'Show figures, take tax-holiday'

| 04 December 2001 17:30 IST

Goa government appears to be in a mood to provide taxation intensive to the hospitality industry here, but insists that the industry proves with facts and figures that the recession has really hit the tourism scene severely.

Chief minister Manohar Parrikar has responded positively to the demand made by state opposition leader Luizinho Faleiro to declare tax holiday for Goan tourism trade, but with a condition.

"You provide facts and figures to prove that the season has witnessed disturbing slowdown", he states, while also claiming that November has shown almost 80 per cent occupancy in most of the hotels in the state.

Goa’s season begins by mid-October and reaches its peak by last week of December, on the eve of Christmas, to last till the end of January, even after the New Year fever subsides. The flow ratio is normally 80-20 in the foreign-domestic segments.

"In addition to the world recession and WTC tragedy of 11 September, the industry here is also hit by high taxation measures adopted by the government in the form of rise in luxury and excise tax", alleges Faleiro, the Congress leader.

The BJP chief minister however vehemently dismisses it, though he has announced small damage control measures like excluding less congested coastal villages from high licence fees for bars and bringing down licence fee for traditional wholesale of cashew and coconut fenny, from Rs 10,000 to Rs 2500.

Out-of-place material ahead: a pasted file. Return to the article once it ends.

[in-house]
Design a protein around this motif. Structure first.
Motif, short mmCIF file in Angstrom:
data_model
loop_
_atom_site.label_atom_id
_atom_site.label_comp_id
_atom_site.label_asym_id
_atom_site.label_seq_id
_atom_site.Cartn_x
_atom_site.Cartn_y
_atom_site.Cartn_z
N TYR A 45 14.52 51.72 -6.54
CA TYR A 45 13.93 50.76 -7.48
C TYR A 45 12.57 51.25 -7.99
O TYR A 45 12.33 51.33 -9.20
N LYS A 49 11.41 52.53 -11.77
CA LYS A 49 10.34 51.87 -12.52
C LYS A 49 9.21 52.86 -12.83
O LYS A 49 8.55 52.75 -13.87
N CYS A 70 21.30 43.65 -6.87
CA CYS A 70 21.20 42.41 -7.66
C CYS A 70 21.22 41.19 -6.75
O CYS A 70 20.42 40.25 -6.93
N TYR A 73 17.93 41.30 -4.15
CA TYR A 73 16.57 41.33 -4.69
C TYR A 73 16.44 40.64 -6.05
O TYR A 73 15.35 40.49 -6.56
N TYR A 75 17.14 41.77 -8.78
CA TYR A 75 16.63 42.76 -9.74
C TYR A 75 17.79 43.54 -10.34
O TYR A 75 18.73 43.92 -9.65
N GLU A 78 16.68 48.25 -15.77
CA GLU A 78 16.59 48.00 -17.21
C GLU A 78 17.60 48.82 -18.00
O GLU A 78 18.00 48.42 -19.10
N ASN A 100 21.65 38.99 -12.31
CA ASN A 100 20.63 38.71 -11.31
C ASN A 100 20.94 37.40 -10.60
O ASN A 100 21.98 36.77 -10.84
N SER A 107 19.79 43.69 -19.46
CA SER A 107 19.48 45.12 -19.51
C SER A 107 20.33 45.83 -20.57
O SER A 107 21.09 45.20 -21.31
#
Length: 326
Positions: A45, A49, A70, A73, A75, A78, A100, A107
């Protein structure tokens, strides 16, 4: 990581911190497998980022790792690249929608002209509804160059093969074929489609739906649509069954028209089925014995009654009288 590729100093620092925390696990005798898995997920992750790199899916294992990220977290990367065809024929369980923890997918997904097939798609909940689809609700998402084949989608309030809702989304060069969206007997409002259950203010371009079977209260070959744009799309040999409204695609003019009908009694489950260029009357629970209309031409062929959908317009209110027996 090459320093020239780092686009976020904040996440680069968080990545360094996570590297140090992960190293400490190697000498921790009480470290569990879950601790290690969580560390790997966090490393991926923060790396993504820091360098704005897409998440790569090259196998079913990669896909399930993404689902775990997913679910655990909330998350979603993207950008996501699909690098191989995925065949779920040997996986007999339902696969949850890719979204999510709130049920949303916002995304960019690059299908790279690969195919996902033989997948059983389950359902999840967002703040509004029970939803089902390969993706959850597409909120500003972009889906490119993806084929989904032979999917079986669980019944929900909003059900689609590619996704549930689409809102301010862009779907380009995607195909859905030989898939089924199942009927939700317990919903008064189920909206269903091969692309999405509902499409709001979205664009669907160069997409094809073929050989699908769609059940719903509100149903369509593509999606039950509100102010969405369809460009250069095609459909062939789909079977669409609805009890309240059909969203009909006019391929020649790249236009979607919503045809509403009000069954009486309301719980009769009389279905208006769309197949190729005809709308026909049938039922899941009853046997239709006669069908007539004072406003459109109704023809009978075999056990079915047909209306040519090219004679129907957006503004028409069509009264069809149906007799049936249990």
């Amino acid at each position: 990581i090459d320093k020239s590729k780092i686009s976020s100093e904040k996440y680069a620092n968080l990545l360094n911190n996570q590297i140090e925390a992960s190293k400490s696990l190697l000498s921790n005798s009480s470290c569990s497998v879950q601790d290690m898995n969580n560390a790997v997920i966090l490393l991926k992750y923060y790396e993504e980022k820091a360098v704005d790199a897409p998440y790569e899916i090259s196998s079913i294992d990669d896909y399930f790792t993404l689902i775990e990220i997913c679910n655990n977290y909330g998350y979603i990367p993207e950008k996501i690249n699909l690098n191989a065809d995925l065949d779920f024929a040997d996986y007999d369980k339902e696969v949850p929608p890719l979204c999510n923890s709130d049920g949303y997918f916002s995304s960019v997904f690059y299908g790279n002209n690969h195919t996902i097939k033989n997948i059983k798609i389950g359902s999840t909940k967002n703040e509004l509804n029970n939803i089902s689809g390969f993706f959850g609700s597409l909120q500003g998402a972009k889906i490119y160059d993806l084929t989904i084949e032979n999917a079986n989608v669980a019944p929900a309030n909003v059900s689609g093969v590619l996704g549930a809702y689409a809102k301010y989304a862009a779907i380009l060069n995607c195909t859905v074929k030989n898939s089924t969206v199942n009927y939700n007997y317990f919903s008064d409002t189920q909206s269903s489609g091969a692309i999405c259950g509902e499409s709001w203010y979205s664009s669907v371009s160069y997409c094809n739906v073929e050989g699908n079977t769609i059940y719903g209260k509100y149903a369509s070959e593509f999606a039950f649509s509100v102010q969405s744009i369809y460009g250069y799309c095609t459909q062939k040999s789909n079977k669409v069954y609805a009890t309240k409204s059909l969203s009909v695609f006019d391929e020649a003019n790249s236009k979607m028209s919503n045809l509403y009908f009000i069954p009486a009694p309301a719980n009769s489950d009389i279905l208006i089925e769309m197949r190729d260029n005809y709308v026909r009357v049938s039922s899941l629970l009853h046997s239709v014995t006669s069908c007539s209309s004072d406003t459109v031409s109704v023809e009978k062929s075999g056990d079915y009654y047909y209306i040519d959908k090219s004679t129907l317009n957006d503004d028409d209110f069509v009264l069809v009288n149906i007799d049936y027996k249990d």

"We will be much relieved if the period for concessional luxury tax of four per cent is extended till December rather than charging 10 per cent", states S V Balaram, president of the Travel and Tourism Association of Goa.

Responding to the demand made by the TTAG at a specially convened meeting to review the tourism scene in the state, Parrikar has agreed to accept the demand, provided facts and figures are provided by the hoteliers to justify their contention.

Though foreign charters as well as domestic tourist inflow has not affected much in the state in spite of recession, Balaram claims that Foreign Group Travellers and Foreign Individual Travellers have literally stopped coming, affecting the hotel occupancy.

Rather than star hotels, which also accommodate charter tourists, this trend has actually hit the small rooms provided by coastal villagers in their houses, for a period ranging between a fortnight to six months. Neither any association represents them nor tourism department has any system to collect data from them.

If no proper data is provided regarding these low-budget foreigners who live for months together in the coastal belt, perhaps the state government may not go ahead with tax concession proposal, affecting the small hoteliers and shack owners who depend on this segment.

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